Besides fundraising and recreation, festivals such as Bark in the Park serve another purpose. People who play with their dogs, bond with their dogs. Having fun together is one of the best methods for strengthening the tie between you and your dog. And the benefits of this relationship are numerous: improved physical and emotional health, a deeper commitment to the welfare of your pet, and assistance for other companion animals in need.

What better way to raise money, have fun and do good, than a huge, day-long dog party? Next year’s San Jose Bark in the Park, also supported by CANIDAE, is slated for September 18th. For more information on this and the upcoming years’ events, visit www.barksanjose.org.

Read more articles by Lexiann Grant

The personal opinions and/or use of trade, corporate or brand names, is for information and convenience only. Such use does not constitute an endorsement by CANIDAE® All Natural Pet Foods of any product or service. Opinions are those of the individual authors and not necessarily of CANIDAE® All Natural Pet Foods.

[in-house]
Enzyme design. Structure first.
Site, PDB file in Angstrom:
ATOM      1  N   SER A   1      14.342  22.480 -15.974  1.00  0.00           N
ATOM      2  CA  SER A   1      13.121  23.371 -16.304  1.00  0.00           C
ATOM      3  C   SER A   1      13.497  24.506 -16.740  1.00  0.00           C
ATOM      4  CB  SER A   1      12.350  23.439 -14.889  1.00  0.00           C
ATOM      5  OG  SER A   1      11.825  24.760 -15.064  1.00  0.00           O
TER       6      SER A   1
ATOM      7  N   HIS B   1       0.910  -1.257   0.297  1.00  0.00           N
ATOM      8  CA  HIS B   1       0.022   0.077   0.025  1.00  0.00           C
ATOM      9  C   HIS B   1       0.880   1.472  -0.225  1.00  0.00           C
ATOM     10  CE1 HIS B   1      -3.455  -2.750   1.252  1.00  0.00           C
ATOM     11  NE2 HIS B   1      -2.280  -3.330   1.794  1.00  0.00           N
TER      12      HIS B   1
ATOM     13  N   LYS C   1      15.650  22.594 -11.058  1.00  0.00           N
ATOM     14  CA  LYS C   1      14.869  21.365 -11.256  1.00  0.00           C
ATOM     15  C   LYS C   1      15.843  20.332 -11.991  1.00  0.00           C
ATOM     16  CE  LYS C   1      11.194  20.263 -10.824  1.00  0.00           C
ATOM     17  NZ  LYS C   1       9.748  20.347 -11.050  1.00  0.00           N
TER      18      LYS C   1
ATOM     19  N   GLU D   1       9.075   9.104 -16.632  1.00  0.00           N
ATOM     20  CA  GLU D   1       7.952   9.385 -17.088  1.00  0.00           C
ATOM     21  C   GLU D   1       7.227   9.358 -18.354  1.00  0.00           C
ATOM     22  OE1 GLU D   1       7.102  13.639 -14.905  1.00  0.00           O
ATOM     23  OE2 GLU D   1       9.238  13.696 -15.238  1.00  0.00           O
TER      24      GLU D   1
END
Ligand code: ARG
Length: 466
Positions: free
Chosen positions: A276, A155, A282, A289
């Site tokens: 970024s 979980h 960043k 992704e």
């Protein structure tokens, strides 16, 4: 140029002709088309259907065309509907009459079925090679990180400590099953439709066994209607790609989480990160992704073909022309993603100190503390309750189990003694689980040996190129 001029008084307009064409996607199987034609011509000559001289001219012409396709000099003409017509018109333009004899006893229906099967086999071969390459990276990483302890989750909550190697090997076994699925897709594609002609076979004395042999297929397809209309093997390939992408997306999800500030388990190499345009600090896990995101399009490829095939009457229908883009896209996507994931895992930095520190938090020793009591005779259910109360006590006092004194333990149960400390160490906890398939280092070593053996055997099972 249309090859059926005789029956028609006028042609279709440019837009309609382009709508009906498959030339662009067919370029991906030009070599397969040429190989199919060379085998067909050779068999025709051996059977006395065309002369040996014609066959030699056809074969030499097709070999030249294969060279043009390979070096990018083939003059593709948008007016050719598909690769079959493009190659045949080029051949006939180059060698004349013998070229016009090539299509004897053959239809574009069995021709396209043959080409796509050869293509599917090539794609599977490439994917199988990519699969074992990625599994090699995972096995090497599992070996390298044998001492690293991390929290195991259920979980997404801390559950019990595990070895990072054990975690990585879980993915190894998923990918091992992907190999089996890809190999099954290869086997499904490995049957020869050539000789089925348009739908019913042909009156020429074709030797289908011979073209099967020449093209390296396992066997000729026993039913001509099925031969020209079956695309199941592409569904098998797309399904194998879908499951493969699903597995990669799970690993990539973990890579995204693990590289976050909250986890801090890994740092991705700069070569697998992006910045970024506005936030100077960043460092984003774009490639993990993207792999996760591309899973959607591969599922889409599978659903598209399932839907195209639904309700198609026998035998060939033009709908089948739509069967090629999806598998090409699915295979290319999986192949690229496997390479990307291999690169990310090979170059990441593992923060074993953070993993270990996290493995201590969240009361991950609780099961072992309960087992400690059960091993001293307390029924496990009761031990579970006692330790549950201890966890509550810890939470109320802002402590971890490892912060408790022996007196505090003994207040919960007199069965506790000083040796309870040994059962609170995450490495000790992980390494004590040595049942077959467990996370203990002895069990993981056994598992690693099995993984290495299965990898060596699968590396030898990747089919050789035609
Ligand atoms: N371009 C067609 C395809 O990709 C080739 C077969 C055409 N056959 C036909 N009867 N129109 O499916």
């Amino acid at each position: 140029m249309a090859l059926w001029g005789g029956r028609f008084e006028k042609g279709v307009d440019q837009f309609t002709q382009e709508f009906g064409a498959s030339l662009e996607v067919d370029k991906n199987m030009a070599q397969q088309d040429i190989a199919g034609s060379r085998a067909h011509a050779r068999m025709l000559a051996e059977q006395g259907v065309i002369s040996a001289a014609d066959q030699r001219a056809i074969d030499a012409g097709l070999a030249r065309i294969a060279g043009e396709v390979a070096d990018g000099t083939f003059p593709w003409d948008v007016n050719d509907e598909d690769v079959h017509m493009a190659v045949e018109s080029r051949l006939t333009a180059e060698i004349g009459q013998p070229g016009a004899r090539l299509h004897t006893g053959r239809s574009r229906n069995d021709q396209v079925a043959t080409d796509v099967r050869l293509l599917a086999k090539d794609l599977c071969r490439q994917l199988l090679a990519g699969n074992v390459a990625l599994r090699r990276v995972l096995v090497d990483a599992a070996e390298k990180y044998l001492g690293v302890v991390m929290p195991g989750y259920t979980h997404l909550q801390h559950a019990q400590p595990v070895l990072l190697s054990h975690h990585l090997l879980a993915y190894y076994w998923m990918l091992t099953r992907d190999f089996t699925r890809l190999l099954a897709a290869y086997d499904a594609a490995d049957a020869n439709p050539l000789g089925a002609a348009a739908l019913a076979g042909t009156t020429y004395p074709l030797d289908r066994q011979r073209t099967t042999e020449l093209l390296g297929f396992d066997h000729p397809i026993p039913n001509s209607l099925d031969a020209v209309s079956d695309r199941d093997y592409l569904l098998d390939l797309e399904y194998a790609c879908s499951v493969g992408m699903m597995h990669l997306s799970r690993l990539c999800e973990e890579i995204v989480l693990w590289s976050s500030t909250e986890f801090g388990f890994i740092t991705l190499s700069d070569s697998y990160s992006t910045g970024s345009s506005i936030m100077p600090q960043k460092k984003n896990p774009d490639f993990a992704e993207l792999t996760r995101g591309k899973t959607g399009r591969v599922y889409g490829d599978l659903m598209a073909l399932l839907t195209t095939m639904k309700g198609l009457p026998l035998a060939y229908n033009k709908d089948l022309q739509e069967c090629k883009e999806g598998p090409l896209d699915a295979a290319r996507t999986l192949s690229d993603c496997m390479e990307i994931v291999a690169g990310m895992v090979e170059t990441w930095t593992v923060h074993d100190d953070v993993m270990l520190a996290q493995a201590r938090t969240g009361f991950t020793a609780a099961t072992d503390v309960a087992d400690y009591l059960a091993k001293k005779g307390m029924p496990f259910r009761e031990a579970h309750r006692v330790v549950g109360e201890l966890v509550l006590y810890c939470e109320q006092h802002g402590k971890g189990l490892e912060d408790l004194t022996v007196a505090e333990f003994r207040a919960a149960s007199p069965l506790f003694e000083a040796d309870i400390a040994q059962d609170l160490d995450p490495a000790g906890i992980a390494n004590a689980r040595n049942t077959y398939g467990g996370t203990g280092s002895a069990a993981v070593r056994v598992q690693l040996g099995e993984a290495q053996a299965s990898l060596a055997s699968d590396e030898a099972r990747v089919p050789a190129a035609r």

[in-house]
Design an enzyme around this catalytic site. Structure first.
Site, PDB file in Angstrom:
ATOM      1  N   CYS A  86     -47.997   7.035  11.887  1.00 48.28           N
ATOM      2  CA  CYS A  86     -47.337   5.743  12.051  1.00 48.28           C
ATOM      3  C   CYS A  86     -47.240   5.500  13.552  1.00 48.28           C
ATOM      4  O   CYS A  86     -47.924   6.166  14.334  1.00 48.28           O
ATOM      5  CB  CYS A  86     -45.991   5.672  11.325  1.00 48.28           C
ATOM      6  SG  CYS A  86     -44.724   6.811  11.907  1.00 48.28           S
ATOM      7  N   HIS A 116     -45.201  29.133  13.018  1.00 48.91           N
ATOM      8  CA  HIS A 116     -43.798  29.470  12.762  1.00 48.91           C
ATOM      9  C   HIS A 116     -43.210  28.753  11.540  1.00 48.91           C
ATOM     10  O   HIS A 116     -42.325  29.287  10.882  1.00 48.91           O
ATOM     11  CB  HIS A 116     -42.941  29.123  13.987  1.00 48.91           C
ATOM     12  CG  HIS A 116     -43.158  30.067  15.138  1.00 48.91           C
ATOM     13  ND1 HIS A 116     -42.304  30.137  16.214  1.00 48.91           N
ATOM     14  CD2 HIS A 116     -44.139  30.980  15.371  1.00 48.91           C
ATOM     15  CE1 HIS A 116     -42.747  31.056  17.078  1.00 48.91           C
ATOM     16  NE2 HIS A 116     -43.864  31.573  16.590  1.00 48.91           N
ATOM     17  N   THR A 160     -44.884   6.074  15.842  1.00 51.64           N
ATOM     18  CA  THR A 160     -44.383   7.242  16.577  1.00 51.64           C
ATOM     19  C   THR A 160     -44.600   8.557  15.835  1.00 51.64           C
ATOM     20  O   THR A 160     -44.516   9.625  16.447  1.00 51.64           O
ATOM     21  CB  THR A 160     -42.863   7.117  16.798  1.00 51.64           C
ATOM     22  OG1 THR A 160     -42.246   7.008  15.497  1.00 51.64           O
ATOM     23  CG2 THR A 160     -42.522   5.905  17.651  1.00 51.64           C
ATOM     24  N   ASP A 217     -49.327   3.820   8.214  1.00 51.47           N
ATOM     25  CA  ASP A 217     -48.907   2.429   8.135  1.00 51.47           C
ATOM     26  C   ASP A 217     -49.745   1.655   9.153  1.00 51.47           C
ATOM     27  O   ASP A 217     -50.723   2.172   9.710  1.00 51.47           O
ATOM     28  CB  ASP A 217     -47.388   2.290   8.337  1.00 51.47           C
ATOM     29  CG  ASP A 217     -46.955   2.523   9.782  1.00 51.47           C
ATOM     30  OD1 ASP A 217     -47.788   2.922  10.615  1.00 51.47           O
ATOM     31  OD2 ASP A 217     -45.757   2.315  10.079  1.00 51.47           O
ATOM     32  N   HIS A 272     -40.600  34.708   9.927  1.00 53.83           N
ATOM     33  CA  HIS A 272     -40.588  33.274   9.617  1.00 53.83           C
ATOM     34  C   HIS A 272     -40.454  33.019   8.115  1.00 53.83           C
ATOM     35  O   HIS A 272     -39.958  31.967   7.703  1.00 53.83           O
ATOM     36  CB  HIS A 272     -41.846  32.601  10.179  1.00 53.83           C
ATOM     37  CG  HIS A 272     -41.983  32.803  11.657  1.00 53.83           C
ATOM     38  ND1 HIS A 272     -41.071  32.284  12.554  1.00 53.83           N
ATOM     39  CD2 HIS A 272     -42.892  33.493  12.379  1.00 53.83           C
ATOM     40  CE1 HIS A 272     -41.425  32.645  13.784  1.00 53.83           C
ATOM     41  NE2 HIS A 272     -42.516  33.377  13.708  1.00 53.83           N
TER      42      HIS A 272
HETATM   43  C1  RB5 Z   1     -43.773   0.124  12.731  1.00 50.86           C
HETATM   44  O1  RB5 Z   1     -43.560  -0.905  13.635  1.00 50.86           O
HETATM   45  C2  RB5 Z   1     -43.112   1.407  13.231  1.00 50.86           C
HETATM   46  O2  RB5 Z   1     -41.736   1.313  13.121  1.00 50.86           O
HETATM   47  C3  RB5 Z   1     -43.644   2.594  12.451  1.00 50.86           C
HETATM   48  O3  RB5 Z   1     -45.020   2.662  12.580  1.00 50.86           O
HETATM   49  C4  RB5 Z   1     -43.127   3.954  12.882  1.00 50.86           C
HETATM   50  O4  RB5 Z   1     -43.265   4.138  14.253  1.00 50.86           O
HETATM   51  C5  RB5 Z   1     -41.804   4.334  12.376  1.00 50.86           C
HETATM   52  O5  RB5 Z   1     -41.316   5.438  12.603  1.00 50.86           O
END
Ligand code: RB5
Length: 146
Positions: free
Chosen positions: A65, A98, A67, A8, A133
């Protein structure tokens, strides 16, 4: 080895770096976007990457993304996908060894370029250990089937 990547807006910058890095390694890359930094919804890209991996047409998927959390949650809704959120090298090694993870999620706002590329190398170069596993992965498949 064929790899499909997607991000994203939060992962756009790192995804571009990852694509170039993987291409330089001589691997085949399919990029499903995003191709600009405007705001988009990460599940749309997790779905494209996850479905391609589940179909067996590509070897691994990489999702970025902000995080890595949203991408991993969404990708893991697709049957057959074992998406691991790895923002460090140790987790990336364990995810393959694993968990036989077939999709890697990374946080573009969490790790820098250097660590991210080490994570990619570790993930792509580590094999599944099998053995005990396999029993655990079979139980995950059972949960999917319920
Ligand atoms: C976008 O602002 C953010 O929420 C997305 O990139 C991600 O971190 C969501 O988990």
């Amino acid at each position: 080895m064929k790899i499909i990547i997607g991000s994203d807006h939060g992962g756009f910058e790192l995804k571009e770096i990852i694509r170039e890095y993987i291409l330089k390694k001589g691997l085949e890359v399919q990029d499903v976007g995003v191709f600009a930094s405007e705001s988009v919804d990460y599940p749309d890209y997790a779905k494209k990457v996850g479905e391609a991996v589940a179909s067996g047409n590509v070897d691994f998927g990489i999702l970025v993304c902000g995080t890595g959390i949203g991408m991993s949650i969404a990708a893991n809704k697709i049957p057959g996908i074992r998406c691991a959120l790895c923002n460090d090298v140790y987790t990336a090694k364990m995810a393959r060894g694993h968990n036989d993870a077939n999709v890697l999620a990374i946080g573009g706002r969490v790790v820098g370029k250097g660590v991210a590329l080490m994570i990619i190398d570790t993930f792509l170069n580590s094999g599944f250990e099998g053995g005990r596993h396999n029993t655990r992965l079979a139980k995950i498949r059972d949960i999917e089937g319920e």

The Health Benefits of Dog Ownership


By Anna Lee

We love our dogs and they love us. As responsible pet owners we do the best we can for our furry friends and they repay us in kind. We also know that laughter is the best medicine and dogs are very funny. Therefore, it makes sense that owning a dog is healthy for us! I am extremely lucky because Abby is a funny dog. She also knows how to melt my heart.

We know that pets enrich our lives. Recent scientific studies have begun to pin-point the ways that companion animals improve our minds and our bodies. Beyond walks and games of fetch, eager faces at the end of the day and many kisses, pets provide documented health benefits.